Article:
work. They tried putting a pacemaker in her stomach that electrically stimulates nerves to open a valve between her stomach and small intestine. It is designed to be a kickstart to the digestive process. That didn't do much either.
At 5 feet 9, she dropped to 95 pounds and doctors began feeding her through a vein in her upper right arm. She is up to 102 pounds today.
Still, she has to eat a little solid food once a week to prevent liver and gallbladder damage. Usually, liquids just slosh around in her stomach while solids sit there and rot. She'll either vomit or begin what seems like endless trips to the bathroom for several days. Since her April surgery, it has become clear that AnnMarie will not work again, and she has started the paperwork to apply for a disability income from Social Security. If she were to receive disability benefits from Social Security, she could also receive Medicaid, which pays for medical care of people who are deemed disabled. If that happens, Waterman will be reimbursed for only 40 to 60 percent of the cost of her care.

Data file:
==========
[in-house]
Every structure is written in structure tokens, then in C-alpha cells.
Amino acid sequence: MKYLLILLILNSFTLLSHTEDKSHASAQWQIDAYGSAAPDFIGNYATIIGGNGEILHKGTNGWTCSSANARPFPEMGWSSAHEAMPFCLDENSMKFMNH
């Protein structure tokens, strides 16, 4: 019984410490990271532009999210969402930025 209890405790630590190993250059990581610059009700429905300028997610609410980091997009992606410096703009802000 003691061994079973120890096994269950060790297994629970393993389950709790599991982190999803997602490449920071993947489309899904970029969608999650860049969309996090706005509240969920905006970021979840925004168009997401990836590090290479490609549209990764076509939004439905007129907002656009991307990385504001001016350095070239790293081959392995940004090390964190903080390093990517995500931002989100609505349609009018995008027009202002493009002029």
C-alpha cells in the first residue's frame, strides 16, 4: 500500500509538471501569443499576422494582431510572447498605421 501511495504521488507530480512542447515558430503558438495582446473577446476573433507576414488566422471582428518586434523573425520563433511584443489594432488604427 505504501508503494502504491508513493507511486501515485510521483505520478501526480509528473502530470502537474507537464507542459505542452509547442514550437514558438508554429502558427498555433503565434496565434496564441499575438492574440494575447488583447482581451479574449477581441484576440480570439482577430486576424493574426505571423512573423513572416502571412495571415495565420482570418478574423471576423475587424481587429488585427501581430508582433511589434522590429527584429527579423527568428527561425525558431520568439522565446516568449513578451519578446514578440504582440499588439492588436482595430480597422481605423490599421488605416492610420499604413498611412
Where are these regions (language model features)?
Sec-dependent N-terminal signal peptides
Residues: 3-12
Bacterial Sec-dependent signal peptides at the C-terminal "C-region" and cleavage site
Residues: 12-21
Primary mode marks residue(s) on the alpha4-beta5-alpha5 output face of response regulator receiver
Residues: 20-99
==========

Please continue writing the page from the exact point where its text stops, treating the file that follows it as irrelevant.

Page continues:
The woman who played sports her whole life and ran marathons now spends her days in a recliner in her father's house, where she naps on and off and worries continually about how she'll pay for the solution that nourishes her. She is focused on beating her condition but is realistic about the enemy. Her trips out of the house are mostly once-a-week excursions to the grocery store or doctor visits. AnnMarie was always a happy person, and she reminds herself of that. Like most of us, she dreaded turning 40, an event that occurred Nov. 22.
"I always said, 'I'm going to hate turning 40,' " AnnMarie said. "When it happened, I said, 'Yea! I made it to 40!'